Thanks to improved reliability and developments in engine technology and fuel management systems, the process of tuning your car is changing to diagnostics - the science of fault diagnosis.
Diagnosis of automotive faults is sometimes a time-consuming process. Unless you are very lucky and stumble across the fault immediately, the best and ultimately quickest method is to follow a logical test pattern that checks, tests and evaluates all possibilities. The first step in all this is to inspect your car, and in this tutorial we will show you how to give your car a basic inspection.
When you make a basic inspection of a vehicle you should follow a sequence of visual checks and adjustments, and in the process of doing this the problem area can often be quickly diagnosed.
No matter what the problem is, the following checks below are an essential pre-requisite to the use of diagnostic equipment. In many instances, the fault will be revealed during these procedures. Make a careful visual inspection of the following items.
Not all checks will be appropriate for all engines. This basic inspection, though, can save a great deal of valuable diagnostic time.
- Check the engine oil level, oil condition and positive crankcase ventilation (PCV) circuit condition. Maintenance of the lubrication system is particularly important for good engine operation. In catalyst-equipped vehicles, contaminated oil, a poorly-maintained PCV system or an oil-burning engine will contaminate the catalyst in a very short period of time.
- Check the coolant level and coolant system condition. Maintenance of the cooling system is particularly important for good engine operation. An engine that is overcooled or running too hot can affect timing and fuelling actuation.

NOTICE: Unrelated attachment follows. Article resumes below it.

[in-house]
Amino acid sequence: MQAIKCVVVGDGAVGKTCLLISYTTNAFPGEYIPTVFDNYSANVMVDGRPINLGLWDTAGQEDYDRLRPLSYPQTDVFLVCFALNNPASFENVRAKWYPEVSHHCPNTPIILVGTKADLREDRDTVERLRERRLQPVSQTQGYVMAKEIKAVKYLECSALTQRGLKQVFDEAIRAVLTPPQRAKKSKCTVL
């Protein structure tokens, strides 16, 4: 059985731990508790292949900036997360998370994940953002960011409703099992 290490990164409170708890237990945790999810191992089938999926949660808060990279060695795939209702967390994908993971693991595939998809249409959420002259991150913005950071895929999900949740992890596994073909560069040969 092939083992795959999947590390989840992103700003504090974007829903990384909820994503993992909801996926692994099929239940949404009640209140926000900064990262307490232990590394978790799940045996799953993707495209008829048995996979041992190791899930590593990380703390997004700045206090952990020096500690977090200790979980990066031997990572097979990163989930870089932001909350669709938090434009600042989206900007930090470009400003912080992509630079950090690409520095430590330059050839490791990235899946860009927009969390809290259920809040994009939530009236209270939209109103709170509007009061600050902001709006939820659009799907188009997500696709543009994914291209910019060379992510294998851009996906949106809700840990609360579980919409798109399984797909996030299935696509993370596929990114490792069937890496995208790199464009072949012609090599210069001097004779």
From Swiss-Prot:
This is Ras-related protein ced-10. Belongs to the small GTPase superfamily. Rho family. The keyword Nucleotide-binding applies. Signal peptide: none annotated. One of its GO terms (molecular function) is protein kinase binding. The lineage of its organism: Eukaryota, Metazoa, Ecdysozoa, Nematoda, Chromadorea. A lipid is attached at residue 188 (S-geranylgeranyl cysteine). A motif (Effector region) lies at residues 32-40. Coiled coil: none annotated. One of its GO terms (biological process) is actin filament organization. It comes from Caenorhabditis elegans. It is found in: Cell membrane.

- Check the automatic transmission fluid level and condition.
- Check the battery condition.
- Check the battery for security.
- Test the voltage of the battery.
- Check the battery cables and connections.
- Use an OBD (On-board Diagnostics) reader to check for any codes.
- Check the drivebelt(s) condition and tension.
- Remove the spark plugs and check the condition. Renew if necessary.
- Check that the spark plug electrode gap is correct.
- Check that the spark plug type is the correct type for the vehicle.
- Check for poor or corroded electrical connections.
- Check for freedom from vacuum leaks from the vacuum hoses, inlet manifold, AFS trunking, oil dipstick seal and rocker cover seal.
- Check the breathing system condition. Clean away accumulated sludge, and ensure that the hoses are clear.
- Check the air filter condition. Renew if it is even slightly dirty.
- Check the exhaust system condition.
- Check the fuel system condition. Check for fuel leaks, and for worn or broken components. If available, the probe from a gas analyser with HC meter can be passed over the fuel and evaporation pipes and hoses. If the HC meter registers a measurement, that component may be leaking fuel or vapour.
- Visually inspect all connections, multi-plugs and terminals. Check for corrosion and loose or displaced terminals.
- Check the throttle body for a carbon
- build-up – usually as a result of fumes from the breathing system. The carbon can cause a sticking or jacked-open throttle, which can cause idle, cruising and other running problems. Carburettor cleaning fluid usually cleans away the carbon nicely.